Everything Everywhere Gets 4G License – The Industry Reacts

Following yesterdays news that Everything Everywhere, owner of the Orange and T-Mobile brands, received approval from Ofcom to launch the UKs first 4G network next month, there have been a whole range of developments, updates, and responses.

First is the news that EE will sell some of the 1800MHz spectrum it is acquiring to Three, which the operator could used to deliver 4G services of its own, in accordance with an EU ruling. Its not clear when this handover will go across, and rumours claim that it could take a full year, as EE drags its feet.

The move is intended to prevent EE gaining any unfair advantage in the operator market, but its clearly not enough for other operators. Both Vodafone and O2 have struck out at the decision.

The statement from O2 reads: “We are hugely disappointed with today’s announcement, which will mean the majority of consumers will be excluded from the first wave of digital services. This decision undermines the competitive environment for 4G in the UK.”

Meanwhile, Vodafones own statement reads: “The regulator has shown a careless disregard for the best interests of consumers, businesses and the wider economy through its refusal to properly regard the competitive distortion created by allowing one operator to run services before the ground has been laid for a fully competitive 4G market.”

EE has also been quick to clear up yesterdays confusion about whether it would be dropping the separate Orange and T-Mobile branding along with this development.

It has confirmed that it is intending to launch a new brand in the UK later this year – which, rumours have it, might be 4G Everywhere, which was registered as a trademark earlier this year – but that “this new brand will sit alongside our existing brands Orange and T-Mobile”.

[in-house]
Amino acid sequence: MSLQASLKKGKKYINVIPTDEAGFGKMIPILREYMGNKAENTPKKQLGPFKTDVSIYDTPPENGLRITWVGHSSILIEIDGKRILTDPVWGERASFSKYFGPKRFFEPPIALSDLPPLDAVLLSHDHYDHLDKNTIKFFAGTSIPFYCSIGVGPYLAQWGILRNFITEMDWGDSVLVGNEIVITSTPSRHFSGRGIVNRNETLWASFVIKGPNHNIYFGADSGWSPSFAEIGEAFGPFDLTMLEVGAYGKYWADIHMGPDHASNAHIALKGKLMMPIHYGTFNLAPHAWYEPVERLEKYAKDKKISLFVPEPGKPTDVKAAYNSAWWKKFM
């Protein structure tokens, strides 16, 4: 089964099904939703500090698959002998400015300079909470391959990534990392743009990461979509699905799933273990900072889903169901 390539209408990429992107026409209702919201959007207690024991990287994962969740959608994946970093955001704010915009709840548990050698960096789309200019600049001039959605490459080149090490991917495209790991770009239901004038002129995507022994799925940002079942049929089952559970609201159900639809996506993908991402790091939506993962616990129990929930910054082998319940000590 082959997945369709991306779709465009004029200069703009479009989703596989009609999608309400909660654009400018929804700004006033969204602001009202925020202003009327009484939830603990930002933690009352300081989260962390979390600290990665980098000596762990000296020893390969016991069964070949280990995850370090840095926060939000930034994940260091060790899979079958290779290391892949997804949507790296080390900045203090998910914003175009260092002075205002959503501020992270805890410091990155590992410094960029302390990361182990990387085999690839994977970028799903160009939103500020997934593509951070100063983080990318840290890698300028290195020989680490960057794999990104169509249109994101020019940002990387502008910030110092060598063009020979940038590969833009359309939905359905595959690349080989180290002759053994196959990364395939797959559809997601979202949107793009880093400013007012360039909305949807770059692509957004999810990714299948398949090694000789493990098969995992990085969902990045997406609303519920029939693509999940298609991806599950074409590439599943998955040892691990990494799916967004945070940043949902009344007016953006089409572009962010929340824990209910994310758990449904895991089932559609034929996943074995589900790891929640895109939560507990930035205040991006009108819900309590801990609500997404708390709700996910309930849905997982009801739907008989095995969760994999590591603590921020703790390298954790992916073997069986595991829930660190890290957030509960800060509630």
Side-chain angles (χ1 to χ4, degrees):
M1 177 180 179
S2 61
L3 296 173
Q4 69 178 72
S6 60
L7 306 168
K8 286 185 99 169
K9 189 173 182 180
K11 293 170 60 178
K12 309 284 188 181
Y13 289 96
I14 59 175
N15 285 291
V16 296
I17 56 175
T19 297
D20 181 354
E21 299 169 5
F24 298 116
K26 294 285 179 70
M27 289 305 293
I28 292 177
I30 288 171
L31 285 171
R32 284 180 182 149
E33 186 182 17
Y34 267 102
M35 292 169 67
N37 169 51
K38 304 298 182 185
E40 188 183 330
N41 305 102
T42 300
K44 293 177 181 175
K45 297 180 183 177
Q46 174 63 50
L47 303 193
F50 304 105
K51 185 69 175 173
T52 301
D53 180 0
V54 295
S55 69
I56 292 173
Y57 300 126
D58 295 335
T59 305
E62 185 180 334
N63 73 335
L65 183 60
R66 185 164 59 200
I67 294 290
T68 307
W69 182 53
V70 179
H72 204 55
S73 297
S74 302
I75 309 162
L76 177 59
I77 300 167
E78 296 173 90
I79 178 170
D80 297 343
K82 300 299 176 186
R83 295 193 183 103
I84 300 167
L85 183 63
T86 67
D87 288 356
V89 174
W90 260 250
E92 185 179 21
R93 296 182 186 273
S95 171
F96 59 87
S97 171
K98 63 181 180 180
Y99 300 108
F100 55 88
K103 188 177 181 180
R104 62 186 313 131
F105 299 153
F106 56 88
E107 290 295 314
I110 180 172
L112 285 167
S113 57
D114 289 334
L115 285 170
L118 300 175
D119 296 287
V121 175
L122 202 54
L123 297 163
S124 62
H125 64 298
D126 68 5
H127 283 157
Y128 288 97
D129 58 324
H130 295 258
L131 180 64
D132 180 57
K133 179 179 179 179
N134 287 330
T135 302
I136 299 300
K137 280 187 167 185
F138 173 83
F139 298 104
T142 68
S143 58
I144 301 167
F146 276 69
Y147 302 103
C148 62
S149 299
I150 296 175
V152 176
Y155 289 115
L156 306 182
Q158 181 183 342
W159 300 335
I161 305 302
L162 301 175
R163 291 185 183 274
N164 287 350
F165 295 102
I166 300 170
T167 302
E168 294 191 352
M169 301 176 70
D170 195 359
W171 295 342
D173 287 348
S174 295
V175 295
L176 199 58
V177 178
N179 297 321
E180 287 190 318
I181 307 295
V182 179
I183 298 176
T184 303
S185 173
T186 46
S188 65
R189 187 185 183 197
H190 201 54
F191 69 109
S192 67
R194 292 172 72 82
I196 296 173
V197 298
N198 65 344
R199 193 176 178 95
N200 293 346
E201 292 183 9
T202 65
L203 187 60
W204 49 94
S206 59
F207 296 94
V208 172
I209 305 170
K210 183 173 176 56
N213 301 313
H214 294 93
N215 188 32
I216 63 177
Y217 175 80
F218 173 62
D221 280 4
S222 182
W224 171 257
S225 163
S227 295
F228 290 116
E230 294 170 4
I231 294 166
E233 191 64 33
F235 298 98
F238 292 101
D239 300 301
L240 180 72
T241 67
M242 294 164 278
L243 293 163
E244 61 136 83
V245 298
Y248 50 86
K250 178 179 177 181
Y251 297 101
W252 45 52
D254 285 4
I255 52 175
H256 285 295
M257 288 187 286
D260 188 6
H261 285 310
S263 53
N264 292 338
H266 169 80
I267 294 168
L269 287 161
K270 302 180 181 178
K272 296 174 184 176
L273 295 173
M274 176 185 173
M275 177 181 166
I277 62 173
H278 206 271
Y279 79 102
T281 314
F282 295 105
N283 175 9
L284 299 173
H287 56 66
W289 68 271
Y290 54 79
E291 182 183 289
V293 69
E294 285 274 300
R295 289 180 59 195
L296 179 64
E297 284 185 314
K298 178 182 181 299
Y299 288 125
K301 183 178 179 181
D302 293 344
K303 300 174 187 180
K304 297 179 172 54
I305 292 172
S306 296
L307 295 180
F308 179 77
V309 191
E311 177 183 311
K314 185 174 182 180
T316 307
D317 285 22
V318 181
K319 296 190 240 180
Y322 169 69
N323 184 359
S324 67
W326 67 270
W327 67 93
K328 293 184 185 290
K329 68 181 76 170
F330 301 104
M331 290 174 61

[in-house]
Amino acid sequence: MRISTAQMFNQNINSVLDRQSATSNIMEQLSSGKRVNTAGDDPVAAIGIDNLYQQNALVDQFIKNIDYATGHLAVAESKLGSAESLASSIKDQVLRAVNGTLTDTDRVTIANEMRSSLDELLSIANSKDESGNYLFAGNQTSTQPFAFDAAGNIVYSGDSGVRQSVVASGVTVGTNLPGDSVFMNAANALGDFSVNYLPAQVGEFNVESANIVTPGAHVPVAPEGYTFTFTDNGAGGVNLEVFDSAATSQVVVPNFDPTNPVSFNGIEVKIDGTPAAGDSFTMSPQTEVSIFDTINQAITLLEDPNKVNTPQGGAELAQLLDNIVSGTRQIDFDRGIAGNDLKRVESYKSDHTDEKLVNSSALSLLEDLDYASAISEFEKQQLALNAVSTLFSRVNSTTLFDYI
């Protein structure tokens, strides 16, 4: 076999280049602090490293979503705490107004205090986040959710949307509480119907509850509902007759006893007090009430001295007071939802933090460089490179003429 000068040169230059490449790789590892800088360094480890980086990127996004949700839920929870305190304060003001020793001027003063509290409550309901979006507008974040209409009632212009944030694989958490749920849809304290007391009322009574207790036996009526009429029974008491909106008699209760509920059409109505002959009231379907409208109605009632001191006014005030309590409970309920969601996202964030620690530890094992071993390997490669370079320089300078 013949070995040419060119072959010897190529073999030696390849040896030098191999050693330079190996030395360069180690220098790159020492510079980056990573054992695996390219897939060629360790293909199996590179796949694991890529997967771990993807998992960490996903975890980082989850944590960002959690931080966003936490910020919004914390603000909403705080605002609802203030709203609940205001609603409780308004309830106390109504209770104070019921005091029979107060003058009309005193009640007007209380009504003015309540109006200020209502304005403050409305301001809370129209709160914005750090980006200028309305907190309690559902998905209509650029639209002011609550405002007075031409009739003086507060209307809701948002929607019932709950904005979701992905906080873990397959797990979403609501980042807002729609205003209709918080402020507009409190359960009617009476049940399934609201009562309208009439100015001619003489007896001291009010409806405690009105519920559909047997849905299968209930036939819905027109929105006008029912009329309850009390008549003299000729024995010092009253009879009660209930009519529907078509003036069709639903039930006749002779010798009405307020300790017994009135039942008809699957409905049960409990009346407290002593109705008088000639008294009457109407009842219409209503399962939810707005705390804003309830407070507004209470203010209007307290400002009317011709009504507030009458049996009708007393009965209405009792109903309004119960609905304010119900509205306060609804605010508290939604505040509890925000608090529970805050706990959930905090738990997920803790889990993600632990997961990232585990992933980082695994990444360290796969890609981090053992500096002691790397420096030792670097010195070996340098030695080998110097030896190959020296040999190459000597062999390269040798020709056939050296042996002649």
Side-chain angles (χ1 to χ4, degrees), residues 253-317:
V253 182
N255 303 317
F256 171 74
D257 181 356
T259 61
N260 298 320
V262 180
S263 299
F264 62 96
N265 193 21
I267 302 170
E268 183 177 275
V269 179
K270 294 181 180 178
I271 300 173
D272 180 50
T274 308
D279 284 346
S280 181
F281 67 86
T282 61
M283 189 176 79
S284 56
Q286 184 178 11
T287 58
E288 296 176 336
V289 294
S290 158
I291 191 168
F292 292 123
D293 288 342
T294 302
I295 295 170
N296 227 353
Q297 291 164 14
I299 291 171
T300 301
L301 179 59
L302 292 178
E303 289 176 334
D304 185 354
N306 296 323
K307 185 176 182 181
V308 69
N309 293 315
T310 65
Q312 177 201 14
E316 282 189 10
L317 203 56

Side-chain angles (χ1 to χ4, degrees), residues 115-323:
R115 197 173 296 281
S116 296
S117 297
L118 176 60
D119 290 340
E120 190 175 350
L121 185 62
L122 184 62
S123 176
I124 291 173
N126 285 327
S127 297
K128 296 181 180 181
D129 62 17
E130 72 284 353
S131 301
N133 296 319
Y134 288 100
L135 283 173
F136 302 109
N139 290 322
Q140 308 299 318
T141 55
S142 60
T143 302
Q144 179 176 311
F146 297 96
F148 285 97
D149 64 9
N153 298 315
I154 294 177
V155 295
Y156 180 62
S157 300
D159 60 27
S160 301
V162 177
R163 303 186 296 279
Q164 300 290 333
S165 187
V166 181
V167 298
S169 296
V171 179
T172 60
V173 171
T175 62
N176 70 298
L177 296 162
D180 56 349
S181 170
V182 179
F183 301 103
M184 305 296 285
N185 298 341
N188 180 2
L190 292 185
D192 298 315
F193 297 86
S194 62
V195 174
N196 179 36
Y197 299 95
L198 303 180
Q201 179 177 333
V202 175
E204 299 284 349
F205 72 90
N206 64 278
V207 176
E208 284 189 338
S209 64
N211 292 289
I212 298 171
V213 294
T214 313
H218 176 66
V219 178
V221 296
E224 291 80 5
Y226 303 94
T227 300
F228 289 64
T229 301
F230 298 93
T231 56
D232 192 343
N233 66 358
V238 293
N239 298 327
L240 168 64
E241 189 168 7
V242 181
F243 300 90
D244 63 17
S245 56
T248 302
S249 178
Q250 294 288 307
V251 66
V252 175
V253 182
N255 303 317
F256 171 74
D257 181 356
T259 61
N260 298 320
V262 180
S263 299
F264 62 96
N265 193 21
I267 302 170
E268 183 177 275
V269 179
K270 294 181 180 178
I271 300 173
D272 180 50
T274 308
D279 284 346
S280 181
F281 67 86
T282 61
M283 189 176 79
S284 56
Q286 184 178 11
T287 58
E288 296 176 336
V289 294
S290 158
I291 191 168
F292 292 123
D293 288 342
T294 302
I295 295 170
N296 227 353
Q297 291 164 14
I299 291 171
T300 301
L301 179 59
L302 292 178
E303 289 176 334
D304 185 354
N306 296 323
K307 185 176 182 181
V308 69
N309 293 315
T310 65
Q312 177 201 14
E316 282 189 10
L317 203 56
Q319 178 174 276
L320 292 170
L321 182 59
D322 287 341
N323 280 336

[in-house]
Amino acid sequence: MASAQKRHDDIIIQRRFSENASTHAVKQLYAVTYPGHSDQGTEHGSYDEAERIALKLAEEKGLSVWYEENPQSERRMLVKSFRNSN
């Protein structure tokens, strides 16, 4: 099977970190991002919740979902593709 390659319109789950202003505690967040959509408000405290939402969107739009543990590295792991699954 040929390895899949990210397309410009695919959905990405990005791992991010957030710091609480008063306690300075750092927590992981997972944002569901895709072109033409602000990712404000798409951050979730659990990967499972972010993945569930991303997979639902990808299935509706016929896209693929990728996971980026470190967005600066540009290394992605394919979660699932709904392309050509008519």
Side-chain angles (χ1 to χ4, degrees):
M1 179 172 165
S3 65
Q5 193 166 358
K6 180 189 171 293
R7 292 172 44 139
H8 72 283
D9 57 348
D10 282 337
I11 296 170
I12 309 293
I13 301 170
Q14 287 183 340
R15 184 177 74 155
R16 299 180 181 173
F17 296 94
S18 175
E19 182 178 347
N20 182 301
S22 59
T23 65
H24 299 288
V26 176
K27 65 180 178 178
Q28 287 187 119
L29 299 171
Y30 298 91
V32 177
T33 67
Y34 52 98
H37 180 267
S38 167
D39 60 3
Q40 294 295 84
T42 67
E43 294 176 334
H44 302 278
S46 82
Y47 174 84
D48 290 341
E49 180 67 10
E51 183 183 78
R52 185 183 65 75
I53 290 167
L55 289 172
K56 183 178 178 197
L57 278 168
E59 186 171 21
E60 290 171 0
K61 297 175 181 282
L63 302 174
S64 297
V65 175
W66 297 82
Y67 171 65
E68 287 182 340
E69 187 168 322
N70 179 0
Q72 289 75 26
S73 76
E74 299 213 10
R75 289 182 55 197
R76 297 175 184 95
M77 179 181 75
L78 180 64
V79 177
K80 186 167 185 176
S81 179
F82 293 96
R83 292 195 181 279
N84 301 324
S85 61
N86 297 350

Its not just EE which sees Ofcoms decision in a positive light. Eric Abensur, CEO at eCommerce solutions provider Venda, thinks that 4G launching in the UK earlier than previously planned should be a great thing for retailers and brands. 

“Slow or unreliable connections can often cause customers to drop off when shopping via a smartphone,” Abensur says. “The launch of next-generation mobile internet will create a huge leap in the value of the mCommerce sector. Availability of 4G connectivity in the UK will provide huge impetus for growth of mCommerce, and a boost to retailers looking to regain connection with customers.”

Meanwhile, Andrew Ferguson, editor of Thinkbroadband, thinks the move will be welcomed by consumers – and might even not be quick enough.

“The question now is what level of coverage will be available, it is not clear how much of the Orange/T-Mobile mast network will be upgraded to 4G and in what time scale,” says Ferguson. “For mobile road warriors, the choice of 4G – which particularly in its first year of deployment will be free of congestion – will be snapped up. And if the iPhone5 launches with support for 1800 MHz LTE, then this will give Everything Everywhere a competitive edge, but Apple has not released firm information on what LTE frequencies the iPhone5 will support, it may not work with any planned 4G network in the UK.”